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[EX]: Stalingrad

Discussion in 'Fiction' started by Comrade General, Mar 30, 2018.

  1. Comrade General

    Comrade General Member

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    Background Info: This is a story about the 13th Guards Rifle Division which distinguished itself at the Battle of Stalingrad, one of the major turning points of the Eastern Front. It is meant to be a combat novel in the same vein as Thin Red Line but also somewhat philosophical. With each character I am trying to explore a different mentality not just to the battle or the war with Germany but also to life, politics, destiny and so on.

    Name:
    Scott Patrick

    Setting:
    Battle of Stalingrad, 1942

    Genre:
    Historical Fiction

    As the black waves of the Volga lapped against the side of the boat, Private Mikhail Ivanov watched as enormous flames consumed the crumbling buildings on the opposite bank. Roaring flames lit up the ruined towers, casting surreal shadows in the dying twilight. Sparks danced in the evening air; you could barely discern the darkening sky through the clouds of smoke. A heap of scorched machines and wrecked ships littered the far waterside. Mikhail could not compare it to anything he had seen; only to his envisioning of Hell itself.

    Mikhail did his best to think of home. He recalled life on the kolkhoz, the collective farm, where he and his family had toiled for less than a decade, forced off their private lands when Moscow collectivized all Soviet agriculture. He remembered the dry, sometimes arid steppes covered in grain, an infinite sky above endless fields. He could hear the silence of the countryside at night, when his grandfather would recite old Greek myths, like the story about the ferryman, Charon, ferrying the dead across the River Styx to the Underworld. As a boy, Mikhail had imagined it as a serene journey, a peaceful voyage across still waters. Yet this conveyance across the Volga instilled in him a new conception of crossing a river into Hell. He felt a fear unknown in all his eighteen years, and he suddenly felt an overwhelming, crushing sense that he was far too young to face death.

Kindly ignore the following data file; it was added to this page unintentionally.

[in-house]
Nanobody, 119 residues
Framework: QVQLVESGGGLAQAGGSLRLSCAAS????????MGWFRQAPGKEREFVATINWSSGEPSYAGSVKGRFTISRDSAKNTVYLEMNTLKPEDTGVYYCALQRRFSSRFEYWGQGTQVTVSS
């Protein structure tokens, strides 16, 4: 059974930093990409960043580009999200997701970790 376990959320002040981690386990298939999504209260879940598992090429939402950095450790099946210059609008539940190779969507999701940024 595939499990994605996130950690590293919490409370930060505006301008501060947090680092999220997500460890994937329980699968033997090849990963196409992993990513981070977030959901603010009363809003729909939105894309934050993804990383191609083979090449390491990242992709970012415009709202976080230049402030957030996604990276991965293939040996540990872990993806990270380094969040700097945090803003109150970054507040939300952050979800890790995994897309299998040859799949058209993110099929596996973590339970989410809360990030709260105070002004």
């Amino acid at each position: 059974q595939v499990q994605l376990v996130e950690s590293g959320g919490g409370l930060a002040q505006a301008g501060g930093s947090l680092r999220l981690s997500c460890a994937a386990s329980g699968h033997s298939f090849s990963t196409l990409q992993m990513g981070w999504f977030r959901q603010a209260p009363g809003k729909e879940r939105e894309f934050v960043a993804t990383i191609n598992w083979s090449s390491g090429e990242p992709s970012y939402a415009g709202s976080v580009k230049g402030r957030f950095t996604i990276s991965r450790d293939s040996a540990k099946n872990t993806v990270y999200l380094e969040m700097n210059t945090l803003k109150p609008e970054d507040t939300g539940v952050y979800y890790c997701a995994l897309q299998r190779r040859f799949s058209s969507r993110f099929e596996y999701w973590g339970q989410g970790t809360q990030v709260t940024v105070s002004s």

He had not expected to see action so early. His company, the third in the 42nd Guards Rifle Regiment of the 13th Guards Rifle Division, camped far from the frontline, receiving reinforcements and resupply. Ivanov was one of the fresh recruits newly joined, a raw draftee subjected to a quick but comprehensive basic training followed by an intense forced march. His instructors had told him that sending him so soon into action had been a conscious choice, his “baptism by fire,” and would introduce him to the shock of combat to dampen its effect in the battles to come. He and his comrades all guessed the truth, however: it was because Stalingrad was falling. Rumors had it the Germans already occupied the center of the city and would reach the eastern banks of the Volga before long. It fell to Mikhail and his comrades to somehow prevent this from happening.

    Their commanders had pushed them southward, hounding them constantly. As if this had not been bad enough, their rapid movement had kicked up so much dust they had attracted German fighter planes like bears to honey. Those who had survived the sprint across the arid, sandy steppe had found themselves thrust into the maples and poplars along the river, where they had been told to abandon everything besides weapons, ammunition, grenades and rations. The officers ordered the soldiers onto a flotilla of improvised and commandeered craft, a ragtag batch of gunboats, tugs, barges, and rowboats.